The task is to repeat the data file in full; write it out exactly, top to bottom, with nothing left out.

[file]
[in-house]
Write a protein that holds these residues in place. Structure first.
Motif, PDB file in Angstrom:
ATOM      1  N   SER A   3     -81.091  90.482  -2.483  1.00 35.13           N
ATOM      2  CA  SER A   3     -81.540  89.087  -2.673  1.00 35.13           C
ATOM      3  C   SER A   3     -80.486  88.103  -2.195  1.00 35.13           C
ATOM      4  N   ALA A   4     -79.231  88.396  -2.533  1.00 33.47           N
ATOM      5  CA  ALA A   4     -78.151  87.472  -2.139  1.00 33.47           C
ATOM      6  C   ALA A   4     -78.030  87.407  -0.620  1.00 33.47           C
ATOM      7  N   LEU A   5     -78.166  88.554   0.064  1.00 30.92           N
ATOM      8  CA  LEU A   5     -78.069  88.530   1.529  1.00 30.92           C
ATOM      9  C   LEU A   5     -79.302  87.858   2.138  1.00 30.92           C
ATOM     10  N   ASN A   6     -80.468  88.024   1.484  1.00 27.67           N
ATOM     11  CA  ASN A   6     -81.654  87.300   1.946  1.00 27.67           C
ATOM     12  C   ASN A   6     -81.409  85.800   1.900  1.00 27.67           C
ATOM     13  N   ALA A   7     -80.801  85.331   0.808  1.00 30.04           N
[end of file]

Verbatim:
[in-house]
Write a protein that holds these residues in place. Structure first.
Motif, PDB file in Angstrom:
ATOM      1  N   SER A   3     -81.091  90.482  -2.483  1.00 35.13           N
ATOM      2  CA  SER A   3     -81.540  89.087  -2.673  1.00 35.13           C
ATOM      3  C   SER A   3     -80.486  88.103  -2.195  1.00 35.13           C
ATOM      4  N   ALA A   4     -79.231  88.396  -2.533  1.00 33.47           N
ATOM      5  CA  ALA A   4     -78.151  87.472  -2.139  1.00 33.47           C
ATOM      6  C   ALA A   4     -78.030  87.407  -0.620  1.00 33.47           C
ATOM      7  N   LEU A   5     -78.166  88.554   0.064  1.00 30.92           N
ATOM      8  CA  LEU A   5     -78.069  88.530   1.529  1.00 30.92           C
ATOM      9  C   LEU A   5     -79.302  87.858   2.138  1.00 30.92           C
ATOM     10  N   ASN A   6     -80.468  88.024   1.484  1.00 27.67           N
ATOM     11  CA  ASN A   6     -81.654  87.300   1.946  1.00 27.67           C
ATOM     12  C   ASN A   6     -81.409  85.800   1.900  1.00 27.67           C
ATOM     13  N   ALA A   7     -80.801  85.331   0.808  1.00 30.04           N